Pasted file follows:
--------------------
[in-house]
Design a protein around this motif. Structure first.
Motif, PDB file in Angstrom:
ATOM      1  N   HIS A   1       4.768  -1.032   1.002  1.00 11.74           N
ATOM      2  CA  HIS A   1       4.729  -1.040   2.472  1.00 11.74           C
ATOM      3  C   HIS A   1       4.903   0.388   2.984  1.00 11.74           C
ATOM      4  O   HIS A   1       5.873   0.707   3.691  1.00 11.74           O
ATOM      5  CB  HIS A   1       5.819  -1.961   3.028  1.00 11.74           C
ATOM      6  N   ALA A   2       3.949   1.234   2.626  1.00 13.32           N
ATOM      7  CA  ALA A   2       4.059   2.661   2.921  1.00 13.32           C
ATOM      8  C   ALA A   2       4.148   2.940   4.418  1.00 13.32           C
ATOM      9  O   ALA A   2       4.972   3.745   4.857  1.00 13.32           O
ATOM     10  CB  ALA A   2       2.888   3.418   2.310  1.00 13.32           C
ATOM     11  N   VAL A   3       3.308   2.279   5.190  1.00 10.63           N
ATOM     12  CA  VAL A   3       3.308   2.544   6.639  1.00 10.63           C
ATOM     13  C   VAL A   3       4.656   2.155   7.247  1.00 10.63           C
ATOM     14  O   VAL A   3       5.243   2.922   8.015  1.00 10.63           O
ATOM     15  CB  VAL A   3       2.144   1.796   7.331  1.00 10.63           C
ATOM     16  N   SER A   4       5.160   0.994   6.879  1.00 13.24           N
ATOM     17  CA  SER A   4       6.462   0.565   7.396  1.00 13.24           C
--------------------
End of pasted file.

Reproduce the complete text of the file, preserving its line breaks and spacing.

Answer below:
[in-house]
Design a protein around this motif. Structure first.
Motif, PDB file in Angstrom:
ATOM      1  N   HIS A   1       4.768  -1.032   1.002  1.00 11.74           N
ATOM      2  CA  HIS A   1       4.729  -1.040   2.472  1.00 11.74           C
ATOM      3  C   HIS A   1       4.903   0.388   2.984  1.00 11.74           C
ATOM      4  O   HIS A   1       5.873   0.707   3.691  1.00 11.74           O
ATOM      5  CB  HIS A   1       5.819  -1.961   3.028  1.00 11.74           C
ATOM      6  N   ALA A   2       3.949   1.234   2.626  1.00 13.32           N
ATOM      7  CA  ALA A   2       4.059   2.661   2.921  1.00 13.32           C
ATOM      8  C   ALA A   2       4.148   2.940   4.418  1.00 13.32           C
ATOM      9  O   ALA A   2       4.972   3.745   4.857  1.00 13.32           O
ATOM     10  CB  ALA A   2       2.888   3.418   2.310  1.00 13.32           C
ATOM     11  N   VAL A   3       3.308   2.279   5.190  1.00 10.63           N
ATOM     12  CA  VAL A   3       3.308   2.544   6.639  1.00 10.63           C
ATOM     13  C   VAL A   3       4.656   2.155   7.247  1.00 10.63           C
ATOM     14  O   VAL A   3       5.243   2.922   8.015  1.00 10.63           O
ATOM     15  CB  VAL A   3       2.144   1.796   7.331  1.00 10.63           C
ATOM     16  N   SER A   4       5.160   0.994   6.879  1.00 13.24           N
ATOM     17  CA  SER A   4       6.462   0.565   7.396  1.00 13.24           C